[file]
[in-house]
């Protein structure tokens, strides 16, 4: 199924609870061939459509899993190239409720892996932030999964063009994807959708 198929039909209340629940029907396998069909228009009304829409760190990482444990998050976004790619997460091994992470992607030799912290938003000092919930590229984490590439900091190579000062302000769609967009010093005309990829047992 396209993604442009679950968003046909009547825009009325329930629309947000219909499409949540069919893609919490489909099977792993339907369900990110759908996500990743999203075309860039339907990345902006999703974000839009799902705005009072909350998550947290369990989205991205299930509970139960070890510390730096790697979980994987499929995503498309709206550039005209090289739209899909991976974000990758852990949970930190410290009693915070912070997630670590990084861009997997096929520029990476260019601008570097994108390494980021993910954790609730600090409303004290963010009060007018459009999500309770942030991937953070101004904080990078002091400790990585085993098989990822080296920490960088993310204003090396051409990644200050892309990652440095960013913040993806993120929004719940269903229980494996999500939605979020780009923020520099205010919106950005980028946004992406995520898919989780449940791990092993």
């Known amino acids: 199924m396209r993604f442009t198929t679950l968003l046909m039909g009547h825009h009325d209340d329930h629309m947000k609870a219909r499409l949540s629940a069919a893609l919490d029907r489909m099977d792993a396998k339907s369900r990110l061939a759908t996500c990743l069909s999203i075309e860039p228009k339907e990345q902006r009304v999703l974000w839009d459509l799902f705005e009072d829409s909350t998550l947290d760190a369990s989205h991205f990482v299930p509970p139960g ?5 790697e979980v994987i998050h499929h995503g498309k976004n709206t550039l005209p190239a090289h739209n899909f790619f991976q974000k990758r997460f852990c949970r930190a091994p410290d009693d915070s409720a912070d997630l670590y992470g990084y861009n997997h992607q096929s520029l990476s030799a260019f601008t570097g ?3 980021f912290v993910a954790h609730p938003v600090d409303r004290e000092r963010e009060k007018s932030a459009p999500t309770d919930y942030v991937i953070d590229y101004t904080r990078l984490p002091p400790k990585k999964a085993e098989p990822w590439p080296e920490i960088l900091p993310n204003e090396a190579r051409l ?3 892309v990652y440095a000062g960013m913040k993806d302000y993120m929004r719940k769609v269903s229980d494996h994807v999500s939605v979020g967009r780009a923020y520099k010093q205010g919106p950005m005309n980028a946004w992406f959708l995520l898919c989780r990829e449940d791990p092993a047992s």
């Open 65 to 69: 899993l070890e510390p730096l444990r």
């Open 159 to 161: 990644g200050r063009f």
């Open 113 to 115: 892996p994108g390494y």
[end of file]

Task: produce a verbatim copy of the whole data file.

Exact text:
[in-house]
């Protein structure tokens, strides 16, 4: 199924609870061939459509899993190239409720892996932030999964063009994807959708 198929039909209340629940029907396998069909228009009304829409760190990482444990998050976004790619997460091994992470992607030799912290938003000092919930590229984490590439900091190579000062302000769609967009010093005309990829047992 396209993604442009679950968003046909009547825009009325329930629309947000219909499409949540069919893609919490489909099977792993339907369900990110759908996500990743999203075309860039339907990345902006999703974000839009799902705005009072909350998550947290369990989205991205299930509970139960070890510390730096790697979980994987499929995503498309709206550039005209090289739209899909991976974000990758852990949970930190410290009693915070912070997630670590990084861009997997096929520029990476260019601008570097994108390494980021993910954790609730600090409303004290963010009060007018459009999500309770942030991937953070101004904080990078002091400790990585085993098989990822080296920490960088993310204003090396051409990644200050892309990652440095960013913040993806993120929004719940269903229980494996999500939605979020780009923020520099205010919106950005980028946004992406995520898919989780449940791990092993």
């Known amino acids: 199924m396209r993604f442009t198929t679950l968003l046909m039909g009547h825009h009325d209340d329930h629309m947000k609870a219909r499409l949540s629940a069919a893609l919490d029907r489909m099977d792993a396998k339907s369900r990110l061939a759908t996500c990743l069909s999203i075309e860039p228009k339907e990345q902006r009304v999703l974000w839009d459509l799902f705005e009072d829409s909350t998550l947290d760190a369990s989205h991205f990482v299930p509970p139960g ?5 790697e979980v994987i998050h499929h995503g498309k976004n709206t550039l005209p190239a090289h739209n899909f790619f991976q974000k990758r997460f852990c949970r930190a091994p410290d009693d915070s409720a912070d997630l670590y992470g990084y861009n997997h992607q096929s520029l990476s030799a260019f601008t570097g ?3 980021f912290v993910a954790h609730p938003v600090d409303r004290e000092r963010e009060k007018s932030a459009p999500t309770d919930y942030v991937i953070d590229y101004t904080r990078l984490p002091p400790k990585k999964a085993e098989p990822w590439p080296e920490i960088l900091p993310n204003e090396a190579r051409l ?3 892309v990652y440095a000062g960013m913040k993806d302000y993120m929004r719940k769609v269903s229980d494996h994807v999500s939605v979020g967009r780009a923020y520099k010093q205010g919106p950005m005309n980028a946004w992406f959708l995520l898919c989780r990829e449940d791990p092993a047992s």
């Open 65 to 69: 899993l070890e510390p730096l444990r």
């Open 159 to 161: 990644g200050r063009f």
């Open 113 to 115: 892996p994108g390494y």